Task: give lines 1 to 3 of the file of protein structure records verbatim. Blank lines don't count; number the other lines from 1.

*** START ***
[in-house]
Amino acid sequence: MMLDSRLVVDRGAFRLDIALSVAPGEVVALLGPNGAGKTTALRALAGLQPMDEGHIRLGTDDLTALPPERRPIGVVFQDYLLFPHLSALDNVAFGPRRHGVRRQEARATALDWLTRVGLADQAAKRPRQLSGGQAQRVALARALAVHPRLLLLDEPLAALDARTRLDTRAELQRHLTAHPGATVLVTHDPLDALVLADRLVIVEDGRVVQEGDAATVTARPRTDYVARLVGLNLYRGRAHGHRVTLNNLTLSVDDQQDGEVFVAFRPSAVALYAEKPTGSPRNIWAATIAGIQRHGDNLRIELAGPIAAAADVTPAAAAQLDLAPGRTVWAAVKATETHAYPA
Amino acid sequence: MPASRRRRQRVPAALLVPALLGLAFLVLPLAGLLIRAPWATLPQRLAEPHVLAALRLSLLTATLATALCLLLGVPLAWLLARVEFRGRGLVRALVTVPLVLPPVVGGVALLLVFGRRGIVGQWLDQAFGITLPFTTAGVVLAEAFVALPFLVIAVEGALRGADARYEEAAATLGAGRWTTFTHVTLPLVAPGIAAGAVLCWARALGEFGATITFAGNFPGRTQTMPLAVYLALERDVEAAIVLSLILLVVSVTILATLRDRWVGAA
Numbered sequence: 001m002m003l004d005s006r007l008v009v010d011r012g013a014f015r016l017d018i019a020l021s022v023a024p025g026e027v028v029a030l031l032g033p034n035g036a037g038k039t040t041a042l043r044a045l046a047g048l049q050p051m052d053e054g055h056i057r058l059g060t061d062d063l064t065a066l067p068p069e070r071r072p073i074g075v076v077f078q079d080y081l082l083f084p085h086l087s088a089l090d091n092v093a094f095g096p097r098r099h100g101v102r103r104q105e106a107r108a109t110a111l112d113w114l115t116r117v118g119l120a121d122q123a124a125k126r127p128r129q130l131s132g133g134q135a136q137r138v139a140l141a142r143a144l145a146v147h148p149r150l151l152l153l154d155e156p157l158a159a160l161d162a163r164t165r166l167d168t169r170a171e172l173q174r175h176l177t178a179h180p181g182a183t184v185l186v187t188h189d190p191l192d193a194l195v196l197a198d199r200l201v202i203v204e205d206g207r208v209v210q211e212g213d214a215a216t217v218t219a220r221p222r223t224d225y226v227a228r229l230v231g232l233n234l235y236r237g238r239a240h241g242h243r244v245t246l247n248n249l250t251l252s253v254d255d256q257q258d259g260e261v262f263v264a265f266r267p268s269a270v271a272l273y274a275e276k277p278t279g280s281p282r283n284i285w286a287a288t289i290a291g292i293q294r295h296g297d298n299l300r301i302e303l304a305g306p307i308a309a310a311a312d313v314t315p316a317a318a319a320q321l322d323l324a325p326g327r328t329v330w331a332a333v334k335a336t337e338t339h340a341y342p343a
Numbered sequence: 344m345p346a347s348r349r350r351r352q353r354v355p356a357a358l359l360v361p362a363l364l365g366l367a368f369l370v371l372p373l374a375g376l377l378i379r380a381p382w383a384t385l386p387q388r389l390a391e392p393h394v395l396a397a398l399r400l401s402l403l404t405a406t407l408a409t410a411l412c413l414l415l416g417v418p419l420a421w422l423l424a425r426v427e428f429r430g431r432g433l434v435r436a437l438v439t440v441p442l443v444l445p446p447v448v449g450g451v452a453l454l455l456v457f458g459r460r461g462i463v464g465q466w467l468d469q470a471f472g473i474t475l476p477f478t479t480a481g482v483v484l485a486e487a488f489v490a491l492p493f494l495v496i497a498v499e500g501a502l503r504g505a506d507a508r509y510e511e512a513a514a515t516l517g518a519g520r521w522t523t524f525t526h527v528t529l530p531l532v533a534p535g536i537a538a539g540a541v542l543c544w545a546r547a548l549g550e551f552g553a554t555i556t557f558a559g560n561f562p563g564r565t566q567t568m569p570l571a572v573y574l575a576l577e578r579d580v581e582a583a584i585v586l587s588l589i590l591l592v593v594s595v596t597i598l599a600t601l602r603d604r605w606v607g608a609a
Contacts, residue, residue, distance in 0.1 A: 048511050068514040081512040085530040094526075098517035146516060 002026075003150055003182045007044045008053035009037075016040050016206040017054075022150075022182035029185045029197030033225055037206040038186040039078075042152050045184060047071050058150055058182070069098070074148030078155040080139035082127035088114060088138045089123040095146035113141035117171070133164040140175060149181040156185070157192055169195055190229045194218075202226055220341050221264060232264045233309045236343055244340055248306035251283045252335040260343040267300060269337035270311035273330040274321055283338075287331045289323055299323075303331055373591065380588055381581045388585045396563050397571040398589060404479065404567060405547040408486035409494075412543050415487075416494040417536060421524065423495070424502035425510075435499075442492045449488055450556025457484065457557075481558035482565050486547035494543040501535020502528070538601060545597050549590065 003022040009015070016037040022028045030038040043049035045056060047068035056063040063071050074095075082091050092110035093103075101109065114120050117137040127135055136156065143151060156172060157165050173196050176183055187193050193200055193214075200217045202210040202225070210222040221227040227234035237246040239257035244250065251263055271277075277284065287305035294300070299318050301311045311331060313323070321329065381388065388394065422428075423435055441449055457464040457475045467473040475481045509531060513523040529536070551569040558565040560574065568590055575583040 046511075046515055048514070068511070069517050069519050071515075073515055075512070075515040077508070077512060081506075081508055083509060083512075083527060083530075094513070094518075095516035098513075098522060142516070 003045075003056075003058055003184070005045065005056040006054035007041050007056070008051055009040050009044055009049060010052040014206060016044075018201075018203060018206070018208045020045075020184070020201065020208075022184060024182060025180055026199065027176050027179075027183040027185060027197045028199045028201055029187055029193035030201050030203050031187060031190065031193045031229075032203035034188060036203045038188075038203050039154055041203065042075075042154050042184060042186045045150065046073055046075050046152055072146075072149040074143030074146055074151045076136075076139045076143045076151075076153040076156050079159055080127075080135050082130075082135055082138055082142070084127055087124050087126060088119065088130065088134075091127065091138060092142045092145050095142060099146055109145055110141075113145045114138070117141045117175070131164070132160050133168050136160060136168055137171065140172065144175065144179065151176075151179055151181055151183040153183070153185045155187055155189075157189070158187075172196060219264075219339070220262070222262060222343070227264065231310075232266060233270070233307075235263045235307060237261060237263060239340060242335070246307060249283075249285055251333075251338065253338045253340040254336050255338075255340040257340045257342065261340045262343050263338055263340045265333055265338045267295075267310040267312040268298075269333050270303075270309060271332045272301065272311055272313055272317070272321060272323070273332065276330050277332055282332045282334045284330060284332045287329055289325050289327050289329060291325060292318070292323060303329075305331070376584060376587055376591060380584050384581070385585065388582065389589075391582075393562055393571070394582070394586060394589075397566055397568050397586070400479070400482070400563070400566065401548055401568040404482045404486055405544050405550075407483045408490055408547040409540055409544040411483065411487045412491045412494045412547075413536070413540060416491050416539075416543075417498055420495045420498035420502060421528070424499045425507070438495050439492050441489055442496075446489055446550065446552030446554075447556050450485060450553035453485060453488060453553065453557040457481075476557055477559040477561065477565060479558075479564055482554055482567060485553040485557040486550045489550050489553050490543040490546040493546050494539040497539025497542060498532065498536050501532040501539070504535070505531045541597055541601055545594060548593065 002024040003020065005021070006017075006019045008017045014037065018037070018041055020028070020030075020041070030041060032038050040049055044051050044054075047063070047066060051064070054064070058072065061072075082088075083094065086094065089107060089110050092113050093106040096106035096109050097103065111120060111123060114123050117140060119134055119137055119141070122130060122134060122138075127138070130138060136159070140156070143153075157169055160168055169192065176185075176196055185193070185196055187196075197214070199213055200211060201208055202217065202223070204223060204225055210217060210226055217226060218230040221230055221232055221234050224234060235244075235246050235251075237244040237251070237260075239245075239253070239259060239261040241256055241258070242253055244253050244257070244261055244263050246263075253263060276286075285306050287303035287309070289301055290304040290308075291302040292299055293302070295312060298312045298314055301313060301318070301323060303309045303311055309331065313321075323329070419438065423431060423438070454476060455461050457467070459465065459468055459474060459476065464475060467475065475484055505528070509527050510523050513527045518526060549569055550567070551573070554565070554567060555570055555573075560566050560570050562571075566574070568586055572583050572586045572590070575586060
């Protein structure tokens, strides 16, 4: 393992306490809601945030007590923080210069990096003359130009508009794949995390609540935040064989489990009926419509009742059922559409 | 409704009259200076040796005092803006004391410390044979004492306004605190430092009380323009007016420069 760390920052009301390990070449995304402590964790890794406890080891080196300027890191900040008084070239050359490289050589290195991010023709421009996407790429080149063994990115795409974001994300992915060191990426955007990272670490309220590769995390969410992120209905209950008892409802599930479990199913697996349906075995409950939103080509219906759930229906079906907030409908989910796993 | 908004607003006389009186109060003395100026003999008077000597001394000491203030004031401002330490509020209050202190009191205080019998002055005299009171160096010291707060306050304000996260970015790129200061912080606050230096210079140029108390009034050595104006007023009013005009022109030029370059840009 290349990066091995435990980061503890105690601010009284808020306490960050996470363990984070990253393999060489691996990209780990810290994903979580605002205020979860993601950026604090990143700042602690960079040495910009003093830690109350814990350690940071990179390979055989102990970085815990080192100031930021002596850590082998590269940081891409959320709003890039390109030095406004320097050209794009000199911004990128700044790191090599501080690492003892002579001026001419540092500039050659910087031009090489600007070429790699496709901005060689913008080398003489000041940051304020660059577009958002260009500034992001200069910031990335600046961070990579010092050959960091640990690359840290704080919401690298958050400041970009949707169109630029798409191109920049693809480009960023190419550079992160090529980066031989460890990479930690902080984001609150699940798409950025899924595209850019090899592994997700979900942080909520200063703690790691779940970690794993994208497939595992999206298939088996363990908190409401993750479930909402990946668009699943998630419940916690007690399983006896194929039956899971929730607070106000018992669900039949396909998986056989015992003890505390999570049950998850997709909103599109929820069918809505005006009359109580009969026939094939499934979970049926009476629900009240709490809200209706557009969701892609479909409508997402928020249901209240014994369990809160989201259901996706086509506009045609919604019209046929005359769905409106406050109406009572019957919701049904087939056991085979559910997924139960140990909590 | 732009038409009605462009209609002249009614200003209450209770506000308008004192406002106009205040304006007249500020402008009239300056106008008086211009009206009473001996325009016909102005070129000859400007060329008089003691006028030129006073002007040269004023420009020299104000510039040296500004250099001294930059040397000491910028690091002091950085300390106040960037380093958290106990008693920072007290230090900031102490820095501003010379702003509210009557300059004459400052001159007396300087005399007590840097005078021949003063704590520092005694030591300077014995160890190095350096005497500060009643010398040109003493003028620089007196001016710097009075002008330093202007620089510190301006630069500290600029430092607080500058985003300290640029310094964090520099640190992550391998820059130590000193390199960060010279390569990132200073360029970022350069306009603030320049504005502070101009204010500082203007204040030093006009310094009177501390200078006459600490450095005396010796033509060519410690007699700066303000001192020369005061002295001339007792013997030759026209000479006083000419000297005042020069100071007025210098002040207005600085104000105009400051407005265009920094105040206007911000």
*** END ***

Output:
[in-house]
Amino acid sequence: MMLDSRLVVDRGAFRLDIALSVAPGEVVALLGPNGAGKTTALRALAGLQPMDEGHIRLGTDDLTALPPERRPIGVVFQDYLLFPHLSALDNVAFGPRRHGVRRQEARATALDWLTRVGLADQAAKRPRQLSGGQAQRVALARALAVHPRLLLLDEPLAALDARTRLDTRAELQRHLTAHPGATVLVTHDPLDALVLADRLVIVEDGRVVQEGDAATVTARPRTDYVARLVGLNLYRGRAHGHRVTLNNLTLSVDDQQDGEVFVAFRPSAVALYAEKPTGSPRNIWAATIAGIQRHGDNLRIELAGPIAAAADVTPAAAAQLDLAPGRTVWAAVKATETHAYPA
Amino acid sequence: MPASRRRRQRVPAALLVPALLGLAFLVLPLAGLLIRAPWATLPQRLAEPHVLAALRLSLLTATLATALCLLLGVPLAWLLARVEFRGRGLVRALVTVPLVLPPVVGGVALLLVFGRRGIVGQWLDQAFGITLPFTTAGVVLAEAFVALPFLVIAVEGALRGADARYEEAAATLGAGRWTTFTHVTLPLVAPGIAAGAVLCWARALGEFGATITFAGNFPGRTQTMPLAVYLALERDVEAAIVLSLILLVVSVTILATLRDRWVGAA